The trial of Mohammed Bouyeri, a Moroccan Dutch national accused of the murder of Dutch filmmaker Theo van Gogh, opened Monday at a high security court in Amsterdam. Bouyeri has refused to offer a defense.
Theo Van Gogh's murder shocked Holland and caused ethnic tensions
Bouyeri, whom prosecutors describe as a radical Islamist, was present in court but his lawyer said he did not want to be defended. He also refused to participate in his trial voluntarily but the court issued an order for him to be brought in regardless.
Bouyeri, 27, came to court dressed in a long black shirt and a Palestinian black and white checkered headscarf and carrying a green leather-bound book embossed with gold Arabic script.
His lawyer Peter Plasman announced he will not present a defense. "It is my client's wish that there will be no defense not by him but also not on his behalf... He will use his right to remain silent," Plasman said in a short statement.
When Judge Udo Willem Bentinck asked Plasman whether Bouyeri's refusal was connected to his beliefs the lawyer would not answer, but Bentick said, "I see your client nodding."
Plasman repeated that Bouyeri "takes complete responsibility for his actions and that specifically means his actions on November 2, 2004," the day Van Gogh was killed.
Born and raised in Amsterdam, the 27-year-old Bouyeri is a radical Islamist who hoped to die a martyr after killing controversial filmmaker Van Gogh, a distant relative of 19th century painter Vincent van Gogh, police said.
Public execution-style murder shocked the nation
Theo van Gogh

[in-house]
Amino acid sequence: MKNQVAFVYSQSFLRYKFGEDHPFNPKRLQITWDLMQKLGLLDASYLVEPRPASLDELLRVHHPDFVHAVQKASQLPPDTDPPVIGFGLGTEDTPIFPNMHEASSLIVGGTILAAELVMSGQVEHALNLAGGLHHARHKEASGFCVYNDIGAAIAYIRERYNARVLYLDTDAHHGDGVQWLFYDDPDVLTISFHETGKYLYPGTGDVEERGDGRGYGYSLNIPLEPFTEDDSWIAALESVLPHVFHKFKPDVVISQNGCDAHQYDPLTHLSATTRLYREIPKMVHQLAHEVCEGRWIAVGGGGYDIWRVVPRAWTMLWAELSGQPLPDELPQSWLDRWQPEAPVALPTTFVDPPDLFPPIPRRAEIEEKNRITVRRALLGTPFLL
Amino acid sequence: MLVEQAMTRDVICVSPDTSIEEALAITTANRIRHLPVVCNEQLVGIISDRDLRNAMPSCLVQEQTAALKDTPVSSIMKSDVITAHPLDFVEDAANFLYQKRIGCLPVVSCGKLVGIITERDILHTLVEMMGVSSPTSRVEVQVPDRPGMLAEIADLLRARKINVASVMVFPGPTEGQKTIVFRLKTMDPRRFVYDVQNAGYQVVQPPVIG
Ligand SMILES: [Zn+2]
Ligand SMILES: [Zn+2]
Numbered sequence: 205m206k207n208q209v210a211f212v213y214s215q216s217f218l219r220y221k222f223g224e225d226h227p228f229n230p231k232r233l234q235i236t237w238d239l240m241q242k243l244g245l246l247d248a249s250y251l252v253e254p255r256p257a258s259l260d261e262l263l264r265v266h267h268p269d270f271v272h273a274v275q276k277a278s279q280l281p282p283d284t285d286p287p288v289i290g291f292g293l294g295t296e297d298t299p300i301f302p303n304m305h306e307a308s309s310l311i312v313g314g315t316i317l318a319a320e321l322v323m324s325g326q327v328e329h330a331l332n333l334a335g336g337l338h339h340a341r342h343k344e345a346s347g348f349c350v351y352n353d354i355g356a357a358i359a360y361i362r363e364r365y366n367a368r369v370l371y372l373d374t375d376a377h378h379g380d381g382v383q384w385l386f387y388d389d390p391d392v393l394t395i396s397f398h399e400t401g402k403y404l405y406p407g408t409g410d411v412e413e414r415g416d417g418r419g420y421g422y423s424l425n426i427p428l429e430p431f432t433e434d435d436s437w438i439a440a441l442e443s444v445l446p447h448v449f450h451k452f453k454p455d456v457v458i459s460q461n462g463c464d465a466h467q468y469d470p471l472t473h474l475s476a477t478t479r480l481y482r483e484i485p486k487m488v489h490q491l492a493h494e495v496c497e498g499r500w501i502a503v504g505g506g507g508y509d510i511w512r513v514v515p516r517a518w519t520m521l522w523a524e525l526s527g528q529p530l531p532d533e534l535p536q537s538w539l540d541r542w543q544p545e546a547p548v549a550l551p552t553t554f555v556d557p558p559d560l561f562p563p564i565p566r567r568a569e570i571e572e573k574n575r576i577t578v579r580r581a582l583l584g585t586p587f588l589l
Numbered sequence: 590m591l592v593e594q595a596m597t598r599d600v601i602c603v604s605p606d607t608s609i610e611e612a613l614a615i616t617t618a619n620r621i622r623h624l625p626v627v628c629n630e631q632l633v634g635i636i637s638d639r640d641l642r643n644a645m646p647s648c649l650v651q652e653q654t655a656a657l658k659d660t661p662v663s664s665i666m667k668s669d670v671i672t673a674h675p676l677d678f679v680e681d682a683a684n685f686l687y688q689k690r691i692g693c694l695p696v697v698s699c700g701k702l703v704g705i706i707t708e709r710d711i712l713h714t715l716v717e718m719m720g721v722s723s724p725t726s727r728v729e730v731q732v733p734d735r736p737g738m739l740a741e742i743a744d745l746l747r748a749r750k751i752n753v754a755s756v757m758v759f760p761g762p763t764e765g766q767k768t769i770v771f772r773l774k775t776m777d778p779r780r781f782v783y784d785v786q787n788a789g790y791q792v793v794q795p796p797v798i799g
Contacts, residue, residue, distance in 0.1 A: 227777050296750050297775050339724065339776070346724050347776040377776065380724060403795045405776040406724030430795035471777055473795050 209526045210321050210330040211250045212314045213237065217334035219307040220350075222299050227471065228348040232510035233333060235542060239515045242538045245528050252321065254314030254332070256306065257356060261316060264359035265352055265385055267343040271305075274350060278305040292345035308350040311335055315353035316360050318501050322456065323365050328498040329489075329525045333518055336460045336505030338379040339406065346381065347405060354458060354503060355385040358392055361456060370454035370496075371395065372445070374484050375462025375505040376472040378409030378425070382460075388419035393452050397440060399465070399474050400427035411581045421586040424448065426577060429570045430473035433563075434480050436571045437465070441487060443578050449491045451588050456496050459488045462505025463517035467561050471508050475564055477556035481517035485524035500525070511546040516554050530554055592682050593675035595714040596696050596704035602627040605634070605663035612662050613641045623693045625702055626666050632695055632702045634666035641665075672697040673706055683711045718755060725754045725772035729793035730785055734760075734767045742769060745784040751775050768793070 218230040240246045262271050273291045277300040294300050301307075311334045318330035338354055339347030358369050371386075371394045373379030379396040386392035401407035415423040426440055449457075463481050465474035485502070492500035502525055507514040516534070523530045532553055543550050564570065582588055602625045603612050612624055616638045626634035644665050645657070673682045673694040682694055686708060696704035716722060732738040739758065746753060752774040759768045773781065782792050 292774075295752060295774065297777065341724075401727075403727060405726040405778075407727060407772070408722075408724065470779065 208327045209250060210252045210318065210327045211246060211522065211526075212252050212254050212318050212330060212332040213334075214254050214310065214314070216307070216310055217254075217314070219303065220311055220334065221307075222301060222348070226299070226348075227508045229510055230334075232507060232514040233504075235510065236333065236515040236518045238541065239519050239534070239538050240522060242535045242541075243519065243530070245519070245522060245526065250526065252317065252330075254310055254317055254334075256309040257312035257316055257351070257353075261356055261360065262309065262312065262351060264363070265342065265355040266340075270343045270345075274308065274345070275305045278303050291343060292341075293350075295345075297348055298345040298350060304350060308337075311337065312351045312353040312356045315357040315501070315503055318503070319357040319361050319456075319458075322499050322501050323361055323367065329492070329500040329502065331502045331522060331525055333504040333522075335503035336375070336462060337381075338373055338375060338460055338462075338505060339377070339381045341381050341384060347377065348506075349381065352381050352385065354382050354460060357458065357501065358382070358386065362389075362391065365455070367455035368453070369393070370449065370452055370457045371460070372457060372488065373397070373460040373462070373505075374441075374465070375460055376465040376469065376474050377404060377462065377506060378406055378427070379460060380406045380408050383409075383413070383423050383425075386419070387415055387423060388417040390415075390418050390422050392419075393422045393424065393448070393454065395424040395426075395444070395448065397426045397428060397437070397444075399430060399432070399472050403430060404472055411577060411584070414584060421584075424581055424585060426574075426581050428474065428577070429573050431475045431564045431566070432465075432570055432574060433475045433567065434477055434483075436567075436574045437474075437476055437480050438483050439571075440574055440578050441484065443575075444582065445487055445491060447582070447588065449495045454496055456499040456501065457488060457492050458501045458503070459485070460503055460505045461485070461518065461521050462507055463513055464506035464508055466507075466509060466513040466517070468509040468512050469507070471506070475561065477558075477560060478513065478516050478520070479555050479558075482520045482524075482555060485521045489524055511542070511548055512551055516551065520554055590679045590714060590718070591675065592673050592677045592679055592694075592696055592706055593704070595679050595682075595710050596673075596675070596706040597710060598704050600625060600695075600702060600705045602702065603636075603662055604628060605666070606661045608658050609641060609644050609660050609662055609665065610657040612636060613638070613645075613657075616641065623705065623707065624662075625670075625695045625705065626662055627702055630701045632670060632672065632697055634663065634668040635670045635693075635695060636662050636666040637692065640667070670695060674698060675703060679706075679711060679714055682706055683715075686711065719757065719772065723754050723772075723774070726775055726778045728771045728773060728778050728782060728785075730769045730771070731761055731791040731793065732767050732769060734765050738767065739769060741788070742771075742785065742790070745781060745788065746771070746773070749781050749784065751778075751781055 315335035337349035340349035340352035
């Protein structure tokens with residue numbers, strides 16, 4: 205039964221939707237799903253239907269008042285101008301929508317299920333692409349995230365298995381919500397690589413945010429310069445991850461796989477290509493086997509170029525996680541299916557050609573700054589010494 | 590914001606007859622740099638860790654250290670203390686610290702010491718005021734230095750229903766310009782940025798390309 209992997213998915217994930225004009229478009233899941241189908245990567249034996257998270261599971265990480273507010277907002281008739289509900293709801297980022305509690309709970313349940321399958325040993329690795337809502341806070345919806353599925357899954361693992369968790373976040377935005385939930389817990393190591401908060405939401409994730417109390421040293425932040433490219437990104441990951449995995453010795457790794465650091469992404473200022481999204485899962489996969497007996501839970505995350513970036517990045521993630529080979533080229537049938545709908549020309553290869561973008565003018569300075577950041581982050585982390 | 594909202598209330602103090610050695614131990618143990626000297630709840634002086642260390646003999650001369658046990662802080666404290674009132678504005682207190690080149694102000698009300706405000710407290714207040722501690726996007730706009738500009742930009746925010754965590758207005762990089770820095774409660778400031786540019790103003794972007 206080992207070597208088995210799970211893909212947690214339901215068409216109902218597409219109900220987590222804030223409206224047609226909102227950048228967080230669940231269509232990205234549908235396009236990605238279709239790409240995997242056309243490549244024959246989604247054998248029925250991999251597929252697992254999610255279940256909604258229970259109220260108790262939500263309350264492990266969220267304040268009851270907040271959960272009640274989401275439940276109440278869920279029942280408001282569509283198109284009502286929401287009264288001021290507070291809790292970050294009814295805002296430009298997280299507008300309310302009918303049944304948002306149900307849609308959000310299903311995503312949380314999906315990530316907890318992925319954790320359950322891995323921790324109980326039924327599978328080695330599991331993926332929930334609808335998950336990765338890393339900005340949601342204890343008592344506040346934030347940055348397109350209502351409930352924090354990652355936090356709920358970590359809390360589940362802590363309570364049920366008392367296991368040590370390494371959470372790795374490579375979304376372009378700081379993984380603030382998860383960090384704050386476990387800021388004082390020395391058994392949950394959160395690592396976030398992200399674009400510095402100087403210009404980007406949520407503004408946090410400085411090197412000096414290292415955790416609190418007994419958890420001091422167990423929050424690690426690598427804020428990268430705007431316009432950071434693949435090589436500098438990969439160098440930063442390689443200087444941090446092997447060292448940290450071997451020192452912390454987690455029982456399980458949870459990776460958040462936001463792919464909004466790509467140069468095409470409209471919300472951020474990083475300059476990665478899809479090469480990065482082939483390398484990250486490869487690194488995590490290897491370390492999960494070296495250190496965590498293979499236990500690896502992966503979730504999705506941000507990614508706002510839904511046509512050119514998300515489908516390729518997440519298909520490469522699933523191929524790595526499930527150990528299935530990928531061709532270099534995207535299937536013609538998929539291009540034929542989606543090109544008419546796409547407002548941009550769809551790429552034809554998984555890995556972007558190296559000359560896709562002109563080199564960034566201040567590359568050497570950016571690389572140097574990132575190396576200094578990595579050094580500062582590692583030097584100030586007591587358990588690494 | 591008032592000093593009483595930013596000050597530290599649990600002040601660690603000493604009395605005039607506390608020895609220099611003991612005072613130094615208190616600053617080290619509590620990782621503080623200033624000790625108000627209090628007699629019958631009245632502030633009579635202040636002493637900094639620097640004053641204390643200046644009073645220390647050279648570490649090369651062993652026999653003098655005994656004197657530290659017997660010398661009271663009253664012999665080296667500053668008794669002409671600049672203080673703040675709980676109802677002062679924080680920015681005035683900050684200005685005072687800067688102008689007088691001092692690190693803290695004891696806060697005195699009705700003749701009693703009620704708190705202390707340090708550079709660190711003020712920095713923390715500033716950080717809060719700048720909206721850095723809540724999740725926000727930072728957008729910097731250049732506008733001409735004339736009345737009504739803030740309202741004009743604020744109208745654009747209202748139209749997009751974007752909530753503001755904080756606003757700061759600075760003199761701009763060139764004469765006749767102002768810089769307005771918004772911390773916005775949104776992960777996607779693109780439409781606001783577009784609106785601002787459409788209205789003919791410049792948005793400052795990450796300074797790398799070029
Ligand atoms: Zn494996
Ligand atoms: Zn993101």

Theo van Gogh, who was also a well-known columnist noted for his virulent attacks on multicultural society and Islam, was shot and stabbed in broad daylight while he cycled on the streets of Amsterdam. Several months before the murder he directed a short film called "Submission," which was critical of abuses against women under Islam.
A letter was left on his body that included quotations from the Koran and threats to several Dutch politicians, including Somali-born lawmaker Ayaan Hirsi Ali who wrote the script for "Submission."
Bouyeri was arrested as he was attempting to flee the murder scene, according to police.
Ethnic tensions escalated
Firefighters try to douse the flames at the Bedir Islamic elementary school in Uden, the Netherlands. The fire at the school was suspected arson as part of a string of attacks in the Netherlands in the wake of the killing of Theo van Gogh, a Dutch filmmaker, allegedly by an Islamic extremist.
The assassination caused a surge in ethnic tension in the Netherlands and a wave of over 150 reprisal attacks on mosques, Islamic schools and churches followed.
Bouyeri is charged with murdering Van Gogh, attempted murder of several police officers and bystanders and obstructing the work of Hirsi Ali as a member of parliament. If convicted he could be sentenced to a maximum of life in prison. Under Dutch law a life sentence is applied in the literal sense.
Even though prosecutors have said that Bouyeri was "a leading figure" in a terrorist organization known as the Hofstad group he has not yet been charged in that connection as they do not have sufficient evidence.
Possible second trial on terrorist charges
Monday's trial will therefore only focus on Van Gogh's murder and related events. Under the Dutch legal system, Bouyeri could be separately tried later for membership in a terrorist organization.
Security was tight around the courtroom with a sniffer dog checking the building and its surroundings for bombs and all visitors and media thoroughly searched.
The court has set two days for the trial, with the possibility of extending into Wednesday.